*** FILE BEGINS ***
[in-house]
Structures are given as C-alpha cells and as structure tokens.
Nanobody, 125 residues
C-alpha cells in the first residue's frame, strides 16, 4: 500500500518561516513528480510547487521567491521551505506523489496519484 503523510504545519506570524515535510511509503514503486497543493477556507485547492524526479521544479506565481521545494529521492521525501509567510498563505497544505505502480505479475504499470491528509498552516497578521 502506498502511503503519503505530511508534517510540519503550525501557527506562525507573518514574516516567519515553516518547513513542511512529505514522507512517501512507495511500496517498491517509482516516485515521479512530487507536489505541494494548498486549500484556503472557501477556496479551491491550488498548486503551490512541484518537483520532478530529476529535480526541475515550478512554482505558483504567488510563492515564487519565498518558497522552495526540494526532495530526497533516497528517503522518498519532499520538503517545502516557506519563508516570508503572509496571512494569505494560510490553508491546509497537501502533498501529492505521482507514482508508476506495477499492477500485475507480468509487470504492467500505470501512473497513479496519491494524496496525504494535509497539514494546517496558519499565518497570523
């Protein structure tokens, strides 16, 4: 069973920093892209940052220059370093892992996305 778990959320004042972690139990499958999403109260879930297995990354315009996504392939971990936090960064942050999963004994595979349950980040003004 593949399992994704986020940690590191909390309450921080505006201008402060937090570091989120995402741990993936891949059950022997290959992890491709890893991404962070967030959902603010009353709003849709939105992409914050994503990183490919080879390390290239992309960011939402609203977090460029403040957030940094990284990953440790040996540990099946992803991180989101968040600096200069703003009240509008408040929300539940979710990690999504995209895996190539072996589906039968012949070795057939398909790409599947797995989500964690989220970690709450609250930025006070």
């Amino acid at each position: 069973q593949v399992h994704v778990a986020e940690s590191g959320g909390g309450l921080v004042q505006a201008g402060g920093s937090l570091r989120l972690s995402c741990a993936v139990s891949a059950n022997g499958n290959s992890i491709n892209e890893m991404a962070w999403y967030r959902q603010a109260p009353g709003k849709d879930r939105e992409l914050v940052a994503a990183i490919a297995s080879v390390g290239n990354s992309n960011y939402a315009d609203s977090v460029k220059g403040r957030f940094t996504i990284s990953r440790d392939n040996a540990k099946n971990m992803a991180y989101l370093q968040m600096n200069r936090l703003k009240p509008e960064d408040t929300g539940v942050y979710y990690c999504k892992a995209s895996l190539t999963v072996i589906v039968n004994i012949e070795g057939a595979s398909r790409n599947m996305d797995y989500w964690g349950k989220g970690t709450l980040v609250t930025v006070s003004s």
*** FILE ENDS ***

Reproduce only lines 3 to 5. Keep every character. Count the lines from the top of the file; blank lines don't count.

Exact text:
Nanobody, 125 residues
C-alpha cells in the first residue's frame, strides 16, 4: 500500500518561516513528480510547487521567491521551505506523489496519484 503523510504545519506570524515535510511509503514503486497543493477556507485547492524526479521544479506565481521545494529521492521525501509567510498563505497544505505502480505479475504499470491528509498552516497578521 502506498502511503503519503505530511508534517510540519503550525501557527506562525507573518514574516516567519515553516518547513513542511512529505514522507512517501512507495511500496517498491517509482516516485515521479512530487507536489505541494494548498486549500484556503472557501477556496479551491491550488498548486503551490512541484518537483520532478530529476529535480526541475515550478512554482505558483504567488510563492515564487519565498518558497522552495526540494526532495530526497533516497528517503522518498519532499520538503517545502516557506519563508516570508503572509496571512494569505494560510490553508491546509497537501502533498501529492505521482507514482508508476506495477499492477500485475507480468509487470504492467500505470501512473497513479496519491494524496496525504494535509497539514494546517496558519499565518497570523
């Protein structure tokens, strides 16, 4: 069973920093892209940052220059370093892992996305 778990959320004042972690139990499958999403109260879930297995990354315009996504392939971990936090960064942050999963004994595979349950980040003004 593949399992994704986020940690590191909390309450921080505006201008402060937090570091989120995402741990993936891949059950022997290959992890491709890893991404962070967030959902603010009353709003849709939105992409914050994503990183490919080879390390290239992309960011939402609203977090460029403040957030940094990284990953440790040996540990099946992803991180989101968040600096200069703003009240509008408040929300539940979710990690999504995209895996190539072996589906039968012949070795057939398909790409599947797995989500964690989220970690709450609250930025006070």